Wednesday, February 27, 2008

It's All Relative

Over the Christmas holidays, I was home visiting with lots of family members and the subject of “first cousins, once removed” and “second cousins” came up.

Having attended a Catholic seminary and having to know who-and-who-cannot get married in the church, I arose as the expert.

Actually, I know everything, but my friends and family keep forgetting this.

So, here’s how it works.

My first cousin is Patrick. His kids are my “first cousins, once removed.”

First cousins, once removed, are always one generation apart.

If I had kids, then my kids and Patrick’s kids would be “second cousins.”

(All of their kids would be third cousins).

Second cousins are always of the same generation.

Patrick’s grandchildren would be my first cousins, twice removed.

Double First Cousins

Let’s say my brother and I married two sisters from another family. All of our kids would be “double first cousins.” Genetically, double first cousins are the same relation as half-siblings.

Legally, one cannot marry one’s double first cousin.

The children of double first cousins (double second cousins) cannot get married either because they are related just as closely as first cousins.

My paternal grandmother had double first cousins. It happened more frequently back in the old days when more folks lived on isolated farms.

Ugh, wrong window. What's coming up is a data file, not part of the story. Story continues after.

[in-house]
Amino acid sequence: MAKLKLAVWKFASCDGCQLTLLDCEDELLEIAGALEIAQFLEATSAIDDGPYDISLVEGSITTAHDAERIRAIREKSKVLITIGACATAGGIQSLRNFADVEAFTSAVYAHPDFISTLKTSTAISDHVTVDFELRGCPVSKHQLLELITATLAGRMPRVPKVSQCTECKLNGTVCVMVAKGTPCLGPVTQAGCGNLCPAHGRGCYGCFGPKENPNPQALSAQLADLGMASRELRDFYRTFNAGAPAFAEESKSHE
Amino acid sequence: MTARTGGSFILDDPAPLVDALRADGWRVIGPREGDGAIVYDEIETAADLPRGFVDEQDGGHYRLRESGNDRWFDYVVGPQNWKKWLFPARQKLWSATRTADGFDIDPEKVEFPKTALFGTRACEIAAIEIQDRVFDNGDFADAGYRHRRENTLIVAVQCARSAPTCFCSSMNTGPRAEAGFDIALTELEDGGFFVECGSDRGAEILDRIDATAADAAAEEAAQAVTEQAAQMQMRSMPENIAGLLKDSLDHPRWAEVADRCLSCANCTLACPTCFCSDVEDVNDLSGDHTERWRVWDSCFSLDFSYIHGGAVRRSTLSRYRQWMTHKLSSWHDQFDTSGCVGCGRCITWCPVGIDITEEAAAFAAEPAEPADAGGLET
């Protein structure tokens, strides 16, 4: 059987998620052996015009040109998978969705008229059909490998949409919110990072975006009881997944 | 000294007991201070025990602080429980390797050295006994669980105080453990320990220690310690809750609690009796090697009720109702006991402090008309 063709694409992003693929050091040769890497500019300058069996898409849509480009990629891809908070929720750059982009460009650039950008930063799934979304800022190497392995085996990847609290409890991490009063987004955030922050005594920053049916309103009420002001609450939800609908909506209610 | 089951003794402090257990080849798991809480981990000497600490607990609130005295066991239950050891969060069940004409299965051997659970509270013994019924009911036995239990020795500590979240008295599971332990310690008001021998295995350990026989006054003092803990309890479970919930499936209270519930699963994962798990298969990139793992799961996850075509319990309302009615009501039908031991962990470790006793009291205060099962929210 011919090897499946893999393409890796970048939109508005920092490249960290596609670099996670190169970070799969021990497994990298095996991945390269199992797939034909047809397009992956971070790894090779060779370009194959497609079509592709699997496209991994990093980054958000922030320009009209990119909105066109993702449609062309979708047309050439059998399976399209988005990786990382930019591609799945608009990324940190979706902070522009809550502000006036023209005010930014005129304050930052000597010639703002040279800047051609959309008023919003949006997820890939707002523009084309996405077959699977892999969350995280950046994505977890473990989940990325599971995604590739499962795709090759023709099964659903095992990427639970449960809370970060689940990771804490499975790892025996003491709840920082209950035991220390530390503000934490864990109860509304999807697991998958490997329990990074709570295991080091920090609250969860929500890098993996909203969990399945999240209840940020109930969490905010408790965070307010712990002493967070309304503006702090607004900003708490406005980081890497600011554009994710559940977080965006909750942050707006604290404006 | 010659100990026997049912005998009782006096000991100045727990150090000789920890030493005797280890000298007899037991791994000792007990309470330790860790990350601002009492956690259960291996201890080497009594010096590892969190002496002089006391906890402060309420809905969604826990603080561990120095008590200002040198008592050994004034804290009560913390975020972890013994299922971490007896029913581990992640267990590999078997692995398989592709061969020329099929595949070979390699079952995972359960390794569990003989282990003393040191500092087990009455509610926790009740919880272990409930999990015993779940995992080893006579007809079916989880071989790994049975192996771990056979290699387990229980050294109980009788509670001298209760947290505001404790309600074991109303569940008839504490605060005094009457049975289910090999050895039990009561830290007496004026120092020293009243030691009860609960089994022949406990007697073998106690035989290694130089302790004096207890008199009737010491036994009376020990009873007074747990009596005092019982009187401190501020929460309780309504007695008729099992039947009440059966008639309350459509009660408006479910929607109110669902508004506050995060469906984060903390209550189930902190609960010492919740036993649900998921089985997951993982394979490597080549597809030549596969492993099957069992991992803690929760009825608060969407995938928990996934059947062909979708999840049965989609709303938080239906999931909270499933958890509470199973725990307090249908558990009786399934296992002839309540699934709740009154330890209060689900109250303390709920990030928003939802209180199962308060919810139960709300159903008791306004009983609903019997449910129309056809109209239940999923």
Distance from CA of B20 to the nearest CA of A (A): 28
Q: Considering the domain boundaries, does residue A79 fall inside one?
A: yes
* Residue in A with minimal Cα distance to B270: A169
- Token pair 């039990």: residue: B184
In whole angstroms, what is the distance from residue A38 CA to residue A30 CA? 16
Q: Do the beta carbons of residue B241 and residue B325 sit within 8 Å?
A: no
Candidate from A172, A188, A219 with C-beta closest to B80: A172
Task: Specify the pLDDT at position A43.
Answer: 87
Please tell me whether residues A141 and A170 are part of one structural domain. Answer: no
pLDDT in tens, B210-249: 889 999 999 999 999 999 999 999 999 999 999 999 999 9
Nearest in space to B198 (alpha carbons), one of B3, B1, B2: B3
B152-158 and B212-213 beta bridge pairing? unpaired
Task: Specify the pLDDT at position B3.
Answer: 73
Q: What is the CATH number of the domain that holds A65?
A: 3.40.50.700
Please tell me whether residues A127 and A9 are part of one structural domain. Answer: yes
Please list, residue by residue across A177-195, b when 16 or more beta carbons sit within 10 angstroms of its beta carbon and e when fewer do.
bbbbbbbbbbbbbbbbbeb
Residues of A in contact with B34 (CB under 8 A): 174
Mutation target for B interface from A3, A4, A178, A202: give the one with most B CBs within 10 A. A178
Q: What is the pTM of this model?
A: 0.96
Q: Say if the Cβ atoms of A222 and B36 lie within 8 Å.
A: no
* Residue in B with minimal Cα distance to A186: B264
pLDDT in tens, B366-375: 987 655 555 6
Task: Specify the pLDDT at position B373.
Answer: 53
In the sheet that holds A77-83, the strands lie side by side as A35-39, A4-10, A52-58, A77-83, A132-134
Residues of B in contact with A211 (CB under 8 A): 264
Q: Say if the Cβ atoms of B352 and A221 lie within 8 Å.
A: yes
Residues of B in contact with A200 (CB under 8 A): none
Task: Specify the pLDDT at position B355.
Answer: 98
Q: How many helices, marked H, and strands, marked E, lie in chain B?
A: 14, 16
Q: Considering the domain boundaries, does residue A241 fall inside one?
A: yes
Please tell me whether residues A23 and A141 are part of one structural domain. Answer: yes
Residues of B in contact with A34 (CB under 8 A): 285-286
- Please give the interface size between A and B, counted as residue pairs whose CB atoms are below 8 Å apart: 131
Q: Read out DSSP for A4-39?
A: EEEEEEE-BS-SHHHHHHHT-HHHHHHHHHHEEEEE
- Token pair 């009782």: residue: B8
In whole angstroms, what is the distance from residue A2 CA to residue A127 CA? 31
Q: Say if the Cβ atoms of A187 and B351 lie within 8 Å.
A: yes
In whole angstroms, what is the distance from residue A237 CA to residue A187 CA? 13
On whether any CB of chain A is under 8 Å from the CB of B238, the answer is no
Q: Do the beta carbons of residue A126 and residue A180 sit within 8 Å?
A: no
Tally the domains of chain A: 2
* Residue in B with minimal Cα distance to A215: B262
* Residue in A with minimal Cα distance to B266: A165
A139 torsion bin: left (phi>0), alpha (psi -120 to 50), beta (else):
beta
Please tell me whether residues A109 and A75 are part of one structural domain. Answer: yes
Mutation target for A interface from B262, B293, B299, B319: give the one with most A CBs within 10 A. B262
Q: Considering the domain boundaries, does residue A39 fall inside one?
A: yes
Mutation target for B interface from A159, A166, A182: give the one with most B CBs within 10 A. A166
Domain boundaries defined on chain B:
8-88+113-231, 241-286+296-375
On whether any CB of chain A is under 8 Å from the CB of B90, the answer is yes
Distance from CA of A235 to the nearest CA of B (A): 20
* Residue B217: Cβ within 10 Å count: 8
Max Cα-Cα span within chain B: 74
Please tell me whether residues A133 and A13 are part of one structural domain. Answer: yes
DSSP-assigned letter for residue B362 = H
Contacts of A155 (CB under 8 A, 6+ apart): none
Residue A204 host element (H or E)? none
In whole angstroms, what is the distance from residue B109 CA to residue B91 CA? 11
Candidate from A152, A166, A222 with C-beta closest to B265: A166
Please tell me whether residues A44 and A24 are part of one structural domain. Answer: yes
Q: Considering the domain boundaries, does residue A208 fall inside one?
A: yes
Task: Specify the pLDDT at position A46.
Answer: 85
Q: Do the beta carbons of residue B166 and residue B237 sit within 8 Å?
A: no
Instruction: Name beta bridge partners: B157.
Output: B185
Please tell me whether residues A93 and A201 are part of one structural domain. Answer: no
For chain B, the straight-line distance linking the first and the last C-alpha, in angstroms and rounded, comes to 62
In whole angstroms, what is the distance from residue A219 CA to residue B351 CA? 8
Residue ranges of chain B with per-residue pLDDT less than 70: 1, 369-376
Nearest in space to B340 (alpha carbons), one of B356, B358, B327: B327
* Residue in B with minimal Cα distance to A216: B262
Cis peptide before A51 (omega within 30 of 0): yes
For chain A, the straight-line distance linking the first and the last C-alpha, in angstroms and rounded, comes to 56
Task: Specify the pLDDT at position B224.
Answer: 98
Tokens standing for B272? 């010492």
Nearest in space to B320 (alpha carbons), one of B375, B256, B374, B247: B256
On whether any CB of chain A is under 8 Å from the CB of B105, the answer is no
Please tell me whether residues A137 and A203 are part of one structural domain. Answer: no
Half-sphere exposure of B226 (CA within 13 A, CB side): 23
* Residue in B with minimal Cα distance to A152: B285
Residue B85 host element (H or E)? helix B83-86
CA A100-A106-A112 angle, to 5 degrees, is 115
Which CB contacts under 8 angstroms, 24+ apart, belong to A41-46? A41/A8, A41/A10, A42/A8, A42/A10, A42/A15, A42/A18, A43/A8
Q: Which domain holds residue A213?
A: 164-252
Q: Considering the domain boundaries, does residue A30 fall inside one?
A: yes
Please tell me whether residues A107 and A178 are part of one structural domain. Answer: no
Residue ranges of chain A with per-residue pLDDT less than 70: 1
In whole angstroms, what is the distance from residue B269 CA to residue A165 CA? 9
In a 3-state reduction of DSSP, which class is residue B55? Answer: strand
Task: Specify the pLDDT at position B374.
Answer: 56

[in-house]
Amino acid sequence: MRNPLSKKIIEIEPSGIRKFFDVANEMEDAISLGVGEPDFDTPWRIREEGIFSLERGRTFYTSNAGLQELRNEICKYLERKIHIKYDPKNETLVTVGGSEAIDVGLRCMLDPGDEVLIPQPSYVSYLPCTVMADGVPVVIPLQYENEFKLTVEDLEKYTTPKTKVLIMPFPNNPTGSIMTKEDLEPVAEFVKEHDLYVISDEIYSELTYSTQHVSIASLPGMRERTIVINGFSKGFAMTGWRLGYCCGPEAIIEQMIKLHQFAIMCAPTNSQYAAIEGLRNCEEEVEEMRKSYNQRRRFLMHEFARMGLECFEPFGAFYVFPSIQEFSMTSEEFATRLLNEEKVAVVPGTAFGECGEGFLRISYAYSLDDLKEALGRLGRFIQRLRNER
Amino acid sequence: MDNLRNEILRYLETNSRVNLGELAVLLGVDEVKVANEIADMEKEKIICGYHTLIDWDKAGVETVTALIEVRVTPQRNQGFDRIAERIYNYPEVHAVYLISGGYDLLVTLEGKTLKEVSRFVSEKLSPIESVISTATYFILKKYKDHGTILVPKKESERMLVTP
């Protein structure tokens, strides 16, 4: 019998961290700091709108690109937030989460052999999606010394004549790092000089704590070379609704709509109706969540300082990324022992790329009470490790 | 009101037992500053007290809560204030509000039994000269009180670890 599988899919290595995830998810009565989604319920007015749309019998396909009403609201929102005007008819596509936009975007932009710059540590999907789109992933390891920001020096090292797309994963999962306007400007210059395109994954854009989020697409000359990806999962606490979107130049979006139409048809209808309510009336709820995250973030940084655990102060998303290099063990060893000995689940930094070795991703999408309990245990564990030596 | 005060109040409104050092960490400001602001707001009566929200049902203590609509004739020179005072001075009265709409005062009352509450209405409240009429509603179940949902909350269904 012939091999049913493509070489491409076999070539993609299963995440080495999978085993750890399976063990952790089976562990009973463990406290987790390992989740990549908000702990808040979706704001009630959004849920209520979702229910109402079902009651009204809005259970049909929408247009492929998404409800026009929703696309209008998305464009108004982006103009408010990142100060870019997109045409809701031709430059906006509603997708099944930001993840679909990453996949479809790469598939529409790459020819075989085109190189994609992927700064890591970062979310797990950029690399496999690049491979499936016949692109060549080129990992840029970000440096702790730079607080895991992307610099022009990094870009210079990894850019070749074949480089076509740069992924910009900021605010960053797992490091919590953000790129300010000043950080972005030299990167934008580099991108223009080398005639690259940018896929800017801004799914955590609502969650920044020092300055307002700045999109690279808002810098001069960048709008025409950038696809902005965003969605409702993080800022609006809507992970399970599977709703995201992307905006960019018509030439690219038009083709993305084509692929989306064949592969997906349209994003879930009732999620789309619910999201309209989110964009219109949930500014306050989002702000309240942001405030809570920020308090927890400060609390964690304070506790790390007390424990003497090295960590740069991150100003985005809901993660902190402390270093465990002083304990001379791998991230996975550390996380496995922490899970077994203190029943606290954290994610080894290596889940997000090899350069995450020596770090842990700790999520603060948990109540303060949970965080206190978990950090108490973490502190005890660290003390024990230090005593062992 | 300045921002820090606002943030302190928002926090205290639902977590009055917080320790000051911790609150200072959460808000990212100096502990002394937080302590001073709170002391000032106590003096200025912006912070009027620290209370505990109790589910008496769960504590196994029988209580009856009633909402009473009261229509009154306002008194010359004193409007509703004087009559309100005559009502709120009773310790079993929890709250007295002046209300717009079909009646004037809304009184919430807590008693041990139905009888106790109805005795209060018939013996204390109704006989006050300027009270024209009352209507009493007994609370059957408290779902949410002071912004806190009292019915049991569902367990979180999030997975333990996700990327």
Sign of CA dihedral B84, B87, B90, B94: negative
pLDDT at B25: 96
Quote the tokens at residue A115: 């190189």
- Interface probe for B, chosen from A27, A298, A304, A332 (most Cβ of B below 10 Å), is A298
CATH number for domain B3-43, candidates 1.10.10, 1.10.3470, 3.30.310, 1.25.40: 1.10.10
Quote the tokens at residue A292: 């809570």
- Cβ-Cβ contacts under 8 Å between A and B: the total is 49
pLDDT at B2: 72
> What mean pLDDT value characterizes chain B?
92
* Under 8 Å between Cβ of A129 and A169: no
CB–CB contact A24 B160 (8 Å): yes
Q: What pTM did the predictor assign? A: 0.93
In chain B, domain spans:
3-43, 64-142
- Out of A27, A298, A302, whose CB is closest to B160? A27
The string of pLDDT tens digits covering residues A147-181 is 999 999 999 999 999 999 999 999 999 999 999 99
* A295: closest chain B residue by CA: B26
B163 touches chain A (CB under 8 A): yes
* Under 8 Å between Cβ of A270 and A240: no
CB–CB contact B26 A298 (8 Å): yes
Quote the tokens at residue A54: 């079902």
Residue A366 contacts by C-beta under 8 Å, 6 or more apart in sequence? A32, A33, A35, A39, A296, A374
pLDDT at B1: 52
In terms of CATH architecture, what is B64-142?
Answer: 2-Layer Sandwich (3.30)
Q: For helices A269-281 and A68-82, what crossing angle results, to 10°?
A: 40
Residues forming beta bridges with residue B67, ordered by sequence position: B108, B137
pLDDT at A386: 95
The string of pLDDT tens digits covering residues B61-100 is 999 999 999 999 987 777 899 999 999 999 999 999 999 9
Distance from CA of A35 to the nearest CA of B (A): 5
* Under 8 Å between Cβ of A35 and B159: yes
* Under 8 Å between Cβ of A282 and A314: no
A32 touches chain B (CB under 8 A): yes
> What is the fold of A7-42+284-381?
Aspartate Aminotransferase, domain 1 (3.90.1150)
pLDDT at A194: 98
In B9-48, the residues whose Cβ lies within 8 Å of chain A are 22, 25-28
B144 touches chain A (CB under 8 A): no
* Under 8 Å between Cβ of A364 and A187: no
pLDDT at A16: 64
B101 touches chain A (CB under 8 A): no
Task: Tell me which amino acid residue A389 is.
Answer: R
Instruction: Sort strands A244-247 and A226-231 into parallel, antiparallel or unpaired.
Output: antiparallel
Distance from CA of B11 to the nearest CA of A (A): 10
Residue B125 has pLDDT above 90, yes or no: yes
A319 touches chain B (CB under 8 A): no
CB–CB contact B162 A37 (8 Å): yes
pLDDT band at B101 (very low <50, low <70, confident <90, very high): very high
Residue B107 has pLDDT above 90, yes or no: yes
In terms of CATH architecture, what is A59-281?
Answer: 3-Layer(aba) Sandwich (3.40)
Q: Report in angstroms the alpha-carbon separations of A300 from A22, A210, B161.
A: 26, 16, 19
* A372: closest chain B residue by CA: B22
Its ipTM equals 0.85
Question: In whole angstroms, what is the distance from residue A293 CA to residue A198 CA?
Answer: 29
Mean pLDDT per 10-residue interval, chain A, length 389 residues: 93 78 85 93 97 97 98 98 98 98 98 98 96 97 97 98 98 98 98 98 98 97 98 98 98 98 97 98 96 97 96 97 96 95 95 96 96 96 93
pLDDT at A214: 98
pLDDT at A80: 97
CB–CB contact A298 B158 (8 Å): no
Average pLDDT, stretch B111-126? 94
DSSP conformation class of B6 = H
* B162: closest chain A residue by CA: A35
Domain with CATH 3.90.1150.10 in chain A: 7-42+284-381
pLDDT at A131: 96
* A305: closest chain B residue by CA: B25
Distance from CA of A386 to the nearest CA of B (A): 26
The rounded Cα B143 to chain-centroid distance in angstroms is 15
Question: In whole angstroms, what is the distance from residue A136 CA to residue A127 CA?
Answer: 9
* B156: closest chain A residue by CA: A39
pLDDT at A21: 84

Siblings from one farm would pair up with siblings from the neighboring farm. After all, who else would have been available?

If two identical twins marry two other identical twins, then their children are double first cousins but are genetically related just as closely as brothers and sisters.

They certainly can’t get married.
Their kids would be squash.

I once knew of a guy who found out that he was pretty closely related to his wife after they’d had three kids.

It turns out that his grandfather had had an affair with the neighbor. This guy married the daughter of this neighbor – the child that resulted from his grandpa’s illicit tryst. He didn’t know that his wife was actually his “half-aunt” until after they’d had three children.

(Cue up banjos playing in background. . . )


At 5:53 PM , Blogger Lorraine said...

That's very impressive. And eeeewww.

At 11:38 AM , Anonymous Anonymous said...

Very Funny.


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